• The city of Elis financed the building of the Temple of Zeus after defeating the rival city of Pisa. The booty gained during the war paid for the temple and ensured that Elis had control over the ancient Olympic Games.
  • During the games, all of Greece was under a truce, there could be no wars or battles
  • The period of peace was always in the summer and at first was one month duration but this was extended to three months - allowing competitors and those travelling to attend the festival a safe journey
  • There were for festivals that were held in order so that there would be one set of games each year. The names of the festivals were the Olympian, Pythian, Nemean, and Isthmian Games
  • The first events only lasted for one day but soon afterwards many other events were added including chariot racing, discus throwing, the javelin, the long jump, boxing, wrestling and the pentathlon
  • The length of the festivals increased to 5 days and included sporting events, rituals, processions, feasts and celebrations
  • On the first day the competitors would register and take a sacred oath. 100 oxen were killed as a sacrifice to Zeus
  • On the second day the horse races and Pentathlon were held
  • On the third day the track races took place
  • On the fourth day there was wrestling, boxing and the Pancrateon (a Greek martial art) took place
  • On the fifth day the prizes were handed out and all participants of the Olympic Games attended a feast in which the sacrificed oxen were eaten
  • Slaves and women were strictly forbidden to watch the games. Girls competed at the festival of Hera
  • The festivals also provided the opportunity for contests in music, poetry, and eloquence. Productions were presented to the public and the names of the victors was spread across Greece
  • Competitors and judges took an oath swearing to observe all of the rules
  • Winners were honoured at state banquets. The athletes were presented with wreaths made of laurel leaves. The victors in the races and athletic games received a traditional prize for athletic events which was a gilded vase of oil, supposed to have been extracted from the fruit of the sacred olive-tree of Athena. There seems to have been no second prize in any of the ancient events
  • The running event, which had originally been the only competition, always came first. The distance was once up the course, and seems to have been about 200 yards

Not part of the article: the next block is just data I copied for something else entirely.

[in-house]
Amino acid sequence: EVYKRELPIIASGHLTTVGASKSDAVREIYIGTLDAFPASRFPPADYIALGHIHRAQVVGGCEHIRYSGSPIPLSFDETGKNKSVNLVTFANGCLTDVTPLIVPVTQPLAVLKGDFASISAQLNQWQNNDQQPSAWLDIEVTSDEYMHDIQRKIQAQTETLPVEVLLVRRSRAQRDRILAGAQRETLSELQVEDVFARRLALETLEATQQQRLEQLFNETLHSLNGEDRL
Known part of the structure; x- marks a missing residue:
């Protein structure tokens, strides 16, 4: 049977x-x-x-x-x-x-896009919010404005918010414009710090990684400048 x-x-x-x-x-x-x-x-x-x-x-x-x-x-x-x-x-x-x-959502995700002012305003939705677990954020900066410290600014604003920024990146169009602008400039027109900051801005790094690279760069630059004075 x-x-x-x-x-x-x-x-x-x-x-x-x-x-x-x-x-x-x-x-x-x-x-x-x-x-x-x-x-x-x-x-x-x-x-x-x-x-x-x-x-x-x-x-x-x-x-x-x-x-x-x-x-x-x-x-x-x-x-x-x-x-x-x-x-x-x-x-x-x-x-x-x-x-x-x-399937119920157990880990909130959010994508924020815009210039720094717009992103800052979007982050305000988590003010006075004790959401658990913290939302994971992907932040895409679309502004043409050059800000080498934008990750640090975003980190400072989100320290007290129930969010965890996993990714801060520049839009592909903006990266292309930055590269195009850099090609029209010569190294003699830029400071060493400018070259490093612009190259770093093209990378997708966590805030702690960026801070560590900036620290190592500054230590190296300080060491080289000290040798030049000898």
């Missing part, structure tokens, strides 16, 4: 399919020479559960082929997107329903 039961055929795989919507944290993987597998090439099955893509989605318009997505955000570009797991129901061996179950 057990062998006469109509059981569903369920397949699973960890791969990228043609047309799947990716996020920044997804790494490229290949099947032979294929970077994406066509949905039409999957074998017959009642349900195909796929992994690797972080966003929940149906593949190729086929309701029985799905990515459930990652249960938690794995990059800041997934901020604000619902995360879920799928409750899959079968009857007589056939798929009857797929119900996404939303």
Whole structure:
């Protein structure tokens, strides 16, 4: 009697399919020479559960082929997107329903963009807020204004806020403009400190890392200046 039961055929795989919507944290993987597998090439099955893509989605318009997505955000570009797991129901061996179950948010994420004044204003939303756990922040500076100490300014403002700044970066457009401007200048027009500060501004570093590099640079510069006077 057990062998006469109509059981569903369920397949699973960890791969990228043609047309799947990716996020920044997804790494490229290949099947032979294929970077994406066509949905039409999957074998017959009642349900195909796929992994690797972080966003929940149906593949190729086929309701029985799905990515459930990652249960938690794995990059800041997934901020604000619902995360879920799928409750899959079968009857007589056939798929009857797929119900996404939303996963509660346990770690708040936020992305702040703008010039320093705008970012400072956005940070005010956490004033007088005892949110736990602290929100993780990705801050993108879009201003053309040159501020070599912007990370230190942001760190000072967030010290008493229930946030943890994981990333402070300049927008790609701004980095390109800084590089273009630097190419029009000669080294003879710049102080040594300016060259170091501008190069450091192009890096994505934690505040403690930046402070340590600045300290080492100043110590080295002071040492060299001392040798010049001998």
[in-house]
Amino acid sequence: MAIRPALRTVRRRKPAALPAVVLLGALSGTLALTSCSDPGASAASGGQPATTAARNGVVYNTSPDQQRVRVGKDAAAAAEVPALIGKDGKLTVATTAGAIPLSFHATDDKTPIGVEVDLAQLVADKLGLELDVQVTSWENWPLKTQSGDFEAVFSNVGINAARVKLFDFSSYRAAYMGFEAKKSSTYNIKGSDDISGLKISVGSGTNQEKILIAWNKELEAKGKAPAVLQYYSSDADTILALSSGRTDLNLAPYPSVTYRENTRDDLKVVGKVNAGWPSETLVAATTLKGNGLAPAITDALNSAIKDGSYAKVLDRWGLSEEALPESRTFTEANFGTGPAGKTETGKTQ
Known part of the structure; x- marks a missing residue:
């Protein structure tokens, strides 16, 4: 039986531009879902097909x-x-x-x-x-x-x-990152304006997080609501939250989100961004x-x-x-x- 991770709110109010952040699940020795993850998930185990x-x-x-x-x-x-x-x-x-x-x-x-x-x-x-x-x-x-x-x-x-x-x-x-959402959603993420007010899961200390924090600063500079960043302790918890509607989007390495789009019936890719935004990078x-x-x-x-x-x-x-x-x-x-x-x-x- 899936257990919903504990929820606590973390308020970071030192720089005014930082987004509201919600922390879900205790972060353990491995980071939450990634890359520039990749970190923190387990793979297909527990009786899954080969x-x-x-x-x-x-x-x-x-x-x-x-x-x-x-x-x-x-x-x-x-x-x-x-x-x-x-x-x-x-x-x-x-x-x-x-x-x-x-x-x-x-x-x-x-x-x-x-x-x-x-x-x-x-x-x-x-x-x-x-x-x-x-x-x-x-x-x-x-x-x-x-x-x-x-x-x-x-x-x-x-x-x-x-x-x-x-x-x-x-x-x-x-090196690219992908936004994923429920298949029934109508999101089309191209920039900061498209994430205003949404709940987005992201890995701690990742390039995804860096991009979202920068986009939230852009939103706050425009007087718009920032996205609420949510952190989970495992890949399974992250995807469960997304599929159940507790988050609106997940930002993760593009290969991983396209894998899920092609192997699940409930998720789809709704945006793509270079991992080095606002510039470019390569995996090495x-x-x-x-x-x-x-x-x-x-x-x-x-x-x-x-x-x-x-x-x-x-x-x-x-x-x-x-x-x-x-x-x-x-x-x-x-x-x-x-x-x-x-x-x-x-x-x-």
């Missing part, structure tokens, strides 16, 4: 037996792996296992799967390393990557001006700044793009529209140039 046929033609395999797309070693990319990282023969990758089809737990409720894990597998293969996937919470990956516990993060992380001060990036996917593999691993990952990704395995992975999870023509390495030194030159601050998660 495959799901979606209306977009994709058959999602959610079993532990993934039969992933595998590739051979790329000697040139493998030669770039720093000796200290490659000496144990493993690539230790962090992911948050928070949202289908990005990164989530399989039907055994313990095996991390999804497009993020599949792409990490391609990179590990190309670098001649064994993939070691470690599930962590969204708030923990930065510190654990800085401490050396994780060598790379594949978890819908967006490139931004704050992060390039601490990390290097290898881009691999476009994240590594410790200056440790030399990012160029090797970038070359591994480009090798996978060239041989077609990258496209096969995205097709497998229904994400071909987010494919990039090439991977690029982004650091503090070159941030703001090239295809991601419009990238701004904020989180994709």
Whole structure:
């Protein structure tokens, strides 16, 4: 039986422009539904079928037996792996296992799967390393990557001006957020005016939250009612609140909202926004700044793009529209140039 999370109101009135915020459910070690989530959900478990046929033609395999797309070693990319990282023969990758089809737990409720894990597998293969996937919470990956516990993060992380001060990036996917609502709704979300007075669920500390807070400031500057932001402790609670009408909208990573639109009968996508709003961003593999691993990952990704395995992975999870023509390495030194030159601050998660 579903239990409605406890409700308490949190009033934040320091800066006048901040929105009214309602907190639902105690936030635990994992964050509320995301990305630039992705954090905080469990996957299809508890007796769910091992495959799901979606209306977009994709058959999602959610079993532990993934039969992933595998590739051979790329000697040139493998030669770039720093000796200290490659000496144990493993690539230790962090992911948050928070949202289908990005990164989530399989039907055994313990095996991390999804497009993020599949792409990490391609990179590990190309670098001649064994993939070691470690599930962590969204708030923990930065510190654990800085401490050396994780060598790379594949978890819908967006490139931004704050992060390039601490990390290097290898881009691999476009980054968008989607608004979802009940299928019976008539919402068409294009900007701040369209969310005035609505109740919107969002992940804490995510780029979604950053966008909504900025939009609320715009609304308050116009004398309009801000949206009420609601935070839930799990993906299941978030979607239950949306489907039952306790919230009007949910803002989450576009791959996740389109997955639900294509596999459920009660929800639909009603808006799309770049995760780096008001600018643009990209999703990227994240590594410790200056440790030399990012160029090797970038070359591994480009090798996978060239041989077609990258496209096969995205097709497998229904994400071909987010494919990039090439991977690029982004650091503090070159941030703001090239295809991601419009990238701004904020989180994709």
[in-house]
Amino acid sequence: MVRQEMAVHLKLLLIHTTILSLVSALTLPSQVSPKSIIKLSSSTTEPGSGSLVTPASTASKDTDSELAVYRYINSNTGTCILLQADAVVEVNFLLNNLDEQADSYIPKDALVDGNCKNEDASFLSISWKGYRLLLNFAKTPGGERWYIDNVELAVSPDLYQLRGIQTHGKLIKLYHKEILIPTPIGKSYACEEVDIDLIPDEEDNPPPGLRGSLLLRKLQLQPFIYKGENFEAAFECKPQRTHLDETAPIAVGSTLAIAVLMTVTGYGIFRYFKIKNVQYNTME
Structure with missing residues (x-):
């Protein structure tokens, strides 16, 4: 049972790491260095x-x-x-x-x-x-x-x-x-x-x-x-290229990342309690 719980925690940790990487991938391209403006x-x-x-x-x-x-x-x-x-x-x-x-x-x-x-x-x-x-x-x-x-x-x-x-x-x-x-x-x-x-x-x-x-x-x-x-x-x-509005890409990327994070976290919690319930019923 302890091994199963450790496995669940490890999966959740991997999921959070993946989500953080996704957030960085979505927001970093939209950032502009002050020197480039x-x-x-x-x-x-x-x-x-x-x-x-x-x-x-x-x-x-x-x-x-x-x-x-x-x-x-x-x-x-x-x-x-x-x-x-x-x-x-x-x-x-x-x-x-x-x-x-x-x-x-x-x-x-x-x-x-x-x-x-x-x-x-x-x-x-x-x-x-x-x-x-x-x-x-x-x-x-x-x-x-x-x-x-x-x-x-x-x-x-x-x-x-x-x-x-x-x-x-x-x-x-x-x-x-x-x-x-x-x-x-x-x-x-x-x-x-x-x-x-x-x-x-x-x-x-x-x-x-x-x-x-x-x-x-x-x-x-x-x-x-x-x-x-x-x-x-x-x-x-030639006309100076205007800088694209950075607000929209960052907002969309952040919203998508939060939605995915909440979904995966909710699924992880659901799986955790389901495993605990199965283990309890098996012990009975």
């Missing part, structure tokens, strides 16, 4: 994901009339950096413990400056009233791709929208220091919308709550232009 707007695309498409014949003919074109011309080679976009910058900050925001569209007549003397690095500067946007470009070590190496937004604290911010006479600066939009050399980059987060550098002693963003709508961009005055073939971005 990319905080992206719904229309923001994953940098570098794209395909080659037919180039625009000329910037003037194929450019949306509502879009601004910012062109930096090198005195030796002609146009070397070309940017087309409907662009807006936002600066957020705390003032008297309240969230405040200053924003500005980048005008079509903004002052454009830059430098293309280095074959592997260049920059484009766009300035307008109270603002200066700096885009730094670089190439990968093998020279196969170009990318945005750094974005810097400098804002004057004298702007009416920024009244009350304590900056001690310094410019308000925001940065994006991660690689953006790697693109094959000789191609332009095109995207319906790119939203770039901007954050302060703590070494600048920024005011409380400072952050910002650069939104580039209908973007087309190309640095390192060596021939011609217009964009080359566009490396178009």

• After the year 720 B. C. races of double the course, and long races of about 3000 yards were added
  • Races in armor were a later addition, and came at the end of the athletic sports events
  • The races were run in heats of four, and if there was an odd man over, the owner of the last lot drawn could sit down till the winners of the heats were declared, and then run against them without any previous fatigue. Some of the victors were therefore not necessarily the best athletes!
  • Competitors were walked into the arena through an underground passage in the raised side of the stadium, and their name and country of each proclaimed in order by a herald.
  • Following the wrestling events there followed the throwing of the discus and the dart and the long jump
  • The discus-throwing was mainly to test distance. The discus was either of stone or of metal, and was very heavy
  • The dart-throwing was to test accuracy and the ability to strike a mark
  • In the pentathlon a man had to win three events in order to be declared victor
  • The boxing events were highly dangerous. The Greeks were not content with naked fists, but also used a special apparatus which consisted at first of a weight carried in the hand, and fastened by thongs of hide round the hand and wrist.
  • The pankration combined boxing and wrestling, and permitted every sort of physical violence, except biting
  • The umpires were men of importance and chosen ten months before the festivals. The umpires had to reside together in a public building, and undergo strict training. They wore purple robes and were assisted by heralds, trumpeters and stewards.
  • In 393 AD, the Games were abolished by the Roman emperor Theodosios I.
Gods and Deities
Greek Gods Mythology

Privacy Statement

Cookie Policy

2017 Siteseen Ltd